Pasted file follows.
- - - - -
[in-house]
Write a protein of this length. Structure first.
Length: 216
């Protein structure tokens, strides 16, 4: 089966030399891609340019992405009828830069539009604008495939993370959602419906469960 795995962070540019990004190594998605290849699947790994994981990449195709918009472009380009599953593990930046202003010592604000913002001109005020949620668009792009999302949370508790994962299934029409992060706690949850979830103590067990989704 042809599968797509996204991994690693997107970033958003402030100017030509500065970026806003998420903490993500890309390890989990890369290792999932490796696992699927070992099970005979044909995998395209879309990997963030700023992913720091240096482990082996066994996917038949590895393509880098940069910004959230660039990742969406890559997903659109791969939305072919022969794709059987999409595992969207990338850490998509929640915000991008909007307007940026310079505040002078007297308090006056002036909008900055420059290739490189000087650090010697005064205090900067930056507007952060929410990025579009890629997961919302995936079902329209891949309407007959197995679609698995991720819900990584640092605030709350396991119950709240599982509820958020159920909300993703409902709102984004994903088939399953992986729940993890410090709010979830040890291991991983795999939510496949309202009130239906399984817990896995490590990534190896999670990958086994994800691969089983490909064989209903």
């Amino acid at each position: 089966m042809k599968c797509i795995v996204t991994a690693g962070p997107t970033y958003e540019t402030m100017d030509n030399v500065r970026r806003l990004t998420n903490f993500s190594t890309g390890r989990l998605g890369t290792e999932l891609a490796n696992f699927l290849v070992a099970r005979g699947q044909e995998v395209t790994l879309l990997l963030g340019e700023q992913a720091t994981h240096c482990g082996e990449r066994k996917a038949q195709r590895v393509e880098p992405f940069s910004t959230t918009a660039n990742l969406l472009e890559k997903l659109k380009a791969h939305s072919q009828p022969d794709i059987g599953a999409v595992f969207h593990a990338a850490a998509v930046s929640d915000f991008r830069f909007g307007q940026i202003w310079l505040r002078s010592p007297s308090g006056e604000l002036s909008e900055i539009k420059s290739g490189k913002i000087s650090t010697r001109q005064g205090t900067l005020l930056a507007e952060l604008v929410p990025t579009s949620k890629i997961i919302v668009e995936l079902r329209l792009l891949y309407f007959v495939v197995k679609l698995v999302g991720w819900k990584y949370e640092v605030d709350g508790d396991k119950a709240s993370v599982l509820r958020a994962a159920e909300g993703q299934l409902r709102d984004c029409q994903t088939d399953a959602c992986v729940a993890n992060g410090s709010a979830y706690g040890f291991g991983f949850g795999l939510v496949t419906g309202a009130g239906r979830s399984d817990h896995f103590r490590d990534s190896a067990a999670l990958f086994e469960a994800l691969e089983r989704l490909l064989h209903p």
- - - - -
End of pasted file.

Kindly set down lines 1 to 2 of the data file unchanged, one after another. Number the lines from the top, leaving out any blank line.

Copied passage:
[in-house]
Write a protein of this length. Structure first.